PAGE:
It's no secret that I offer a software product called RPG xTools that includes over 200 pre-written, highly optimized subprocedures for RPG IV developers. In addition, there are several noncommercial subprocedures out there that developers have sort of distributed via email list servers or Web sites. On my own RPGIV.com Web site, I have hundreds of prototypes and source code for programs, procedures, and the like available for free download.
But I think one of the biggest barriers keeping RPG IV programmers from using a subprocedure that someone else has written is the way it is installed and then leveraged in RPG IV source.
For example, to use a subprocedure written by me or anyone else, you typically need to either include a binding directory entry in the CRTBNDRPG or CRTPGM command or add the BNDDIR keyword with the entry to your RPG IV Header specifications. Then, you have know which /COPY to include in the program so that the prototypes are imported for use.
Surprisingly, these two steps are relatively complex to most new RPG IV programmers, and since virtually all RPG IV programmers are relatively new to the RPG IV language constructs, it is an issue.
To solve this problem, it would be nice to steal a page from many of the C compilers and from Java. The compilers for these languages recognize an external setting that tells the compiler, "Hey, this shop has Cozzi's xTools installed, so if this program attempts to call any of its add-on subprocedures, let it."
So the iSeries administrator would only need to install the software and that's it--no /COPY issues, no BNDDIR issues, no library list issues. It would "just work."
It's strange that IBM doesn't do this, considering that they've asked the ISV software industry to write add-on procedures to extend the capabilities of RPG IV and other languages. IBM in no way makes it easy to do this. This is a capability that's been in other compilers for at least a decade--if not longer--and it is certainly a main reason that so many add-on libraries are installed and used by Java developers.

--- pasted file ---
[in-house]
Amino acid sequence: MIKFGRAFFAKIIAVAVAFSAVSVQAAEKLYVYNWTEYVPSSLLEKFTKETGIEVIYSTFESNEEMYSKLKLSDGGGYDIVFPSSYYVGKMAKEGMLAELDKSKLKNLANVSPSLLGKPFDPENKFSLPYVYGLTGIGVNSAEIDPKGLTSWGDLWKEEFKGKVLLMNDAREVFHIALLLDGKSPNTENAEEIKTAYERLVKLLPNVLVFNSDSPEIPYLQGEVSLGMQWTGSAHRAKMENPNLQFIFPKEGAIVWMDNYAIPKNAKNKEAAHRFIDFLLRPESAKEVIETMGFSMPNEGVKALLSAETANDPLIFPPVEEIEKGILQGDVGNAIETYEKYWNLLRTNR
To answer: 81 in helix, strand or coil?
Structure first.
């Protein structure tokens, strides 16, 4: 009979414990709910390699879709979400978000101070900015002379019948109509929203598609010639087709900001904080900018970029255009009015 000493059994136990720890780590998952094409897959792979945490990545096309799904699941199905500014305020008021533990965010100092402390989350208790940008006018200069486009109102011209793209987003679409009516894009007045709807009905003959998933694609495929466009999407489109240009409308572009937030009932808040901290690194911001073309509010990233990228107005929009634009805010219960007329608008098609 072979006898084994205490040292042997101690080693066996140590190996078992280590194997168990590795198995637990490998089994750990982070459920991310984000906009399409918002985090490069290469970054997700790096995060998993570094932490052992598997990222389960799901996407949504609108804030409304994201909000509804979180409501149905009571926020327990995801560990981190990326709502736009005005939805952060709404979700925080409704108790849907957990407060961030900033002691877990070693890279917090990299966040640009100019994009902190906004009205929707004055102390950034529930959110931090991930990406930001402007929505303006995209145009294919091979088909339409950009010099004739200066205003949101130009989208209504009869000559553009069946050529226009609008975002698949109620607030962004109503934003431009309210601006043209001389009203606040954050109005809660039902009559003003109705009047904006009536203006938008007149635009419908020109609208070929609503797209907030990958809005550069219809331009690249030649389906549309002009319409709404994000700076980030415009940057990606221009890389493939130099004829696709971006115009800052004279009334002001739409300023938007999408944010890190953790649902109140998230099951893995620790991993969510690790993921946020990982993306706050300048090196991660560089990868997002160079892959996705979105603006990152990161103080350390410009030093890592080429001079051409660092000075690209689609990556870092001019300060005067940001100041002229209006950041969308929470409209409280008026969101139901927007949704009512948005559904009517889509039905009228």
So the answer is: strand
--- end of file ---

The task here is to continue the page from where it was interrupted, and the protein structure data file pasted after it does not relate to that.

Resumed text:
A software vendor should be able to simply give its software to iSeries customers and tell them to run one command or menu option to install it. Done!
The crazy thing is that OS/400 and i5/OS have had "the environment" (a UNIX area for storing job or system-wide values, similar to job attributes and system values in OS/400) on them for years. There's no reason the environment couldn't be leveraged to accomplish this requirement as well.
Why can't RPG IV add-on library vendors, during install, just do something like this?
SetEnvVar VAR('lang.rpgiv.ext.lib') VALUE('XTOOLS')
SetEnvVar VAR('lang.rpgiv.ext.options) +
SetEnvVar VAR('lang.rpgiv.ext.options) +
The first SetEnvVar identifies the add-on library as an RPG IV extension. The word "add-on" says this is an add-on library; the second piece, "cozzi," indicates the software vendor; and "xtools" indicates the product name.
The second SetEnvVar indicates the library where the product is installed.
The third SetEnvVar identifies various options. In this case, the binding directory named XTOOLS/RPGLIB is automatically inserted into compiled RPG IV source code. In addition, the /COPY source file named QCPYSRC in XTOOLS is searched for a member name when a /COPY is used.
The fourth SetEnvVar identifies a default /COPY member that is automatically imported into RPG IV source compiles. Of course, this feature could be turned off and on.
Then, in your source, you would have to do nothing more than call the add-on subprocedures included with the product. If the add-on library were installed without being automatically included in your compiles, you could turn it on via a Header specification or a job-level setting, like so:
This would match the name of the extension or "add-on" that was installed. Of course, other adjustments to settings should be available as well.
About 12 years ago, I made a statement that MS Windows was the easiest platform to program on and the most difficult to program for. I also stated that OS/400 was the easiest platform to program for but the poorest to program on. Today, unless IBM starts adding important industry features to the RPG IV compiler/environment, software vendors may find other platforms a much easier target for which to program.
Bob Cozzi is a programmer/consultant, writer/author, and software developer of the RPG xTools, a popular add-on subprocedure library for RPG IV. His book The Modern RPG Language has been the most widely used RPG programming book for nearly two decades. He, along with others, speaks at and runs the highly-popular RPG World conference for RPG programmers.